SWIMMING ON THE BACK.
The back stroke is one of the most useful a swimmer can learn, and should follow the breast stroke immediately the pupil becomes proficient in it. It is a regrettable fact that many otherwise fine swimmers neglect this particular stroke, its main advantage being that it is one of the most restful strokes during a long distance swim, as it brings into play more directly a fresh set of muscles—a very useful procedure when nursing oneself for the last mile or so. The foregoing naturally only applies to certain cases, as many long distance swimmers prefer to start and finish on the stroke they have adopted throughout their training. The main function of the back stroke is for life saving work, being indispensable when passing the examinations for the certificate or medallion, many experts at the other strokes fail ing to pass through neglecting this easy method of progress through the water. It comes into ser vice in all instances, when either giving assistance to a swimmer taken with cramps or rescuing a drowning person, being the only correct method when necessary to turn a struggling subject on his or her back in order to keep their nose and mouth above water, either by the first, second or third method described in the chapters dealing with the life-saving methods of the Royal Life Saving Society.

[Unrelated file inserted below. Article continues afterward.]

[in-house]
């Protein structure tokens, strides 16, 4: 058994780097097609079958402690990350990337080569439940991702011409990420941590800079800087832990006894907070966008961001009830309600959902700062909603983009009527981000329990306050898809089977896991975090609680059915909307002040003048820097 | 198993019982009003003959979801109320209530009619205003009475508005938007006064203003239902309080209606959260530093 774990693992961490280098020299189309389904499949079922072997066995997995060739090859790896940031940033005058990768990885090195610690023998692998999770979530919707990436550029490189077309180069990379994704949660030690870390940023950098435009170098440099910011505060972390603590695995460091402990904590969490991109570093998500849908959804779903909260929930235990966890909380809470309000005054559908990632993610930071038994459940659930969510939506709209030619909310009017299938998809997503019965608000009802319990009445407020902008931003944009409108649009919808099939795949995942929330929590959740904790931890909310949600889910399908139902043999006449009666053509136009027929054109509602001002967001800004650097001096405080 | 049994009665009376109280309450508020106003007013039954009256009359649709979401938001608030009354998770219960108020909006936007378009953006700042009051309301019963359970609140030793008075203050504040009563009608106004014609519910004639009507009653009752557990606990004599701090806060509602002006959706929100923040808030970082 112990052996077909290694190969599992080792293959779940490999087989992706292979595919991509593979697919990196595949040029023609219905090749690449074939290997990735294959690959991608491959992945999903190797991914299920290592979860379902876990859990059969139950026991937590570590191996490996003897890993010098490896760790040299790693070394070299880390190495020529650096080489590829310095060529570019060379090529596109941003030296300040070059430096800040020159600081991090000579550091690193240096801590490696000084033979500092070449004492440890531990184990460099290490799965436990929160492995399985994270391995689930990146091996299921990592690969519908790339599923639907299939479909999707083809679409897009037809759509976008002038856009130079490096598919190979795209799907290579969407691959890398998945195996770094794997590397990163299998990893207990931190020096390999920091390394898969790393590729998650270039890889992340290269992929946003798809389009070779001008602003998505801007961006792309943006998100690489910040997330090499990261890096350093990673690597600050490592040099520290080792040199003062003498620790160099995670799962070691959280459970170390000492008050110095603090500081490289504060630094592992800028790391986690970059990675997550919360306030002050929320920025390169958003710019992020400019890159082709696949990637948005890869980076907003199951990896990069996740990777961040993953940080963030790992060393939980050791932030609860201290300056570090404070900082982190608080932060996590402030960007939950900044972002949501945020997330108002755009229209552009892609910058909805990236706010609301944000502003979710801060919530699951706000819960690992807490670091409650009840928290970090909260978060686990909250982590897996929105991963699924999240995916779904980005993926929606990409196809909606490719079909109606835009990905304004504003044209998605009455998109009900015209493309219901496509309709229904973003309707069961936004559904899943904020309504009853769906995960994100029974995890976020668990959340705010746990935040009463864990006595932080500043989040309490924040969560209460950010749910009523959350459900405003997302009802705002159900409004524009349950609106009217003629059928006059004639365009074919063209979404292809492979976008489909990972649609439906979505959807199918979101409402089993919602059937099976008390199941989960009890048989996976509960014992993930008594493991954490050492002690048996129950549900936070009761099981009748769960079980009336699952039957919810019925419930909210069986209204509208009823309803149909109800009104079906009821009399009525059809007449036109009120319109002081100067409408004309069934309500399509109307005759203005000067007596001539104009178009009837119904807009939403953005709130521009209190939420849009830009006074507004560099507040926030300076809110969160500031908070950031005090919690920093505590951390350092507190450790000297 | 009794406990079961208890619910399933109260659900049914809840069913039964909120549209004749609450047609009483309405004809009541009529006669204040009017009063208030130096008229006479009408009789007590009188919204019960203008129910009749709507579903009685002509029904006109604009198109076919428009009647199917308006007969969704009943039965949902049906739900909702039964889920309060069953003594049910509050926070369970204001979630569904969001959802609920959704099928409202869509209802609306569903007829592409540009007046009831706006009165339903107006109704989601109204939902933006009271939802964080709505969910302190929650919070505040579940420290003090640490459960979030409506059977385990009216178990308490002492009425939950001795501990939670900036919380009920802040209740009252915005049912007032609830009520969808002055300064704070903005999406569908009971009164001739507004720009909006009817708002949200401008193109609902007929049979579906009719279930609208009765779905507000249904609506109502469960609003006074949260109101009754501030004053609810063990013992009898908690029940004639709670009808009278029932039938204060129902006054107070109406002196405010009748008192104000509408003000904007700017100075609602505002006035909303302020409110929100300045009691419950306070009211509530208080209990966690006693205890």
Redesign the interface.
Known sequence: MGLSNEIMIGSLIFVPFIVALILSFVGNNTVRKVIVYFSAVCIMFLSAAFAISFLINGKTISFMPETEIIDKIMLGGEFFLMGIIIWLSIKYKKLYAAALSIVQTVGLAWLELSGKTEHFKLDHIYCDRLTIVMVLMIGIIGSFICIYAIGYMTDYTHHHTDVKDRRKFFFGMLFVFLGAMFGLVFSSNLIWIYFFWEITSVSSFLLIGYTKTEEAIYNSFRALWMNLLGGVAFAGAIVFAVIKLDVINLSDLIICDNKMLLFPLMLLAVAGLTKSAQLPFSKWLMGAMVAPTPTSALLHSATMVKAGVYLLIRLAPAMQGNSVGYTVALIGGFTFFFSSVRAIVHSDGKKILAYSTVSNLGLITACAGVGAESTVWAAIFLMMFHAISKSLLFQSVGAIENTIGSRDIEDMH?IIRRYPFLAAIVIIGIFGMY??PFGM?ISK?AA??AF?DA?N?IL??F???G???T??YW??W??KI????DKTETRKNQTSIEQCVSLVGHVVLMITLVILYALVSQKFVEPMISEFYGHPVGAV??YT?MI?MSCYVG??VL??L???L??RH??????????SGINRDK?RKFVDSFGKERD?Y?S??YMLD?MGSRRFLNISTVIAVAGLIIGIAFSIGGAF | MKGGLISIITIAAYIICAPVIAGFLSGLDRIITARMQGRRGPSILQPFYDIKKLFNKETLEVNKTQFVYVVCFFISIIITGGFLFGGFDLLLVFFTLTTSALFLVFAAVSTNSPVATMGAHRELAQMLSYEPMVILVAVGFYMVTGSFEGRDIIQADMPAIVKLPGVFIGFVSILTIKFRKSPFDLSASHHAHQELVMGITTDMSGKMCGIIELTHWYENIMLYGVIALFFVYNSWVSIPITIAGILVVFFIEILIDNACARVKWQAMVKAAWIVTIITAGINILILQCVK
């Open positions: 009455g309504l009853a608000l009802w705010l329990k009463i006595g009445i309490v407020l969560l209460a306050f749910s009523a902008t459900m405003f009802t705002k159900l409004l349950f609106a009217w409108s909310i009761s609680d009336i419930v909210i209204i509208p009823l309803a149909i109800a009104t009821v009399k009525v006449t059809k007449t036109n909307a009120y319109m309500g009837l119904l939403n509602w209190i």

Quite apart from the foregoing important rea son for not neglecting this stroke, it is the least fatiguing of all strokes, requiring very little energy, as the body is in the best position, dis placing the minimum volume of water required to sustain the body in the position required. It is interesting to note that more attention is being paid to this particular stroke than hitherto, mainly on account of its direct connection with life-saving and speed swimming in the four style races, which are a very attractive item on any aquatic programme.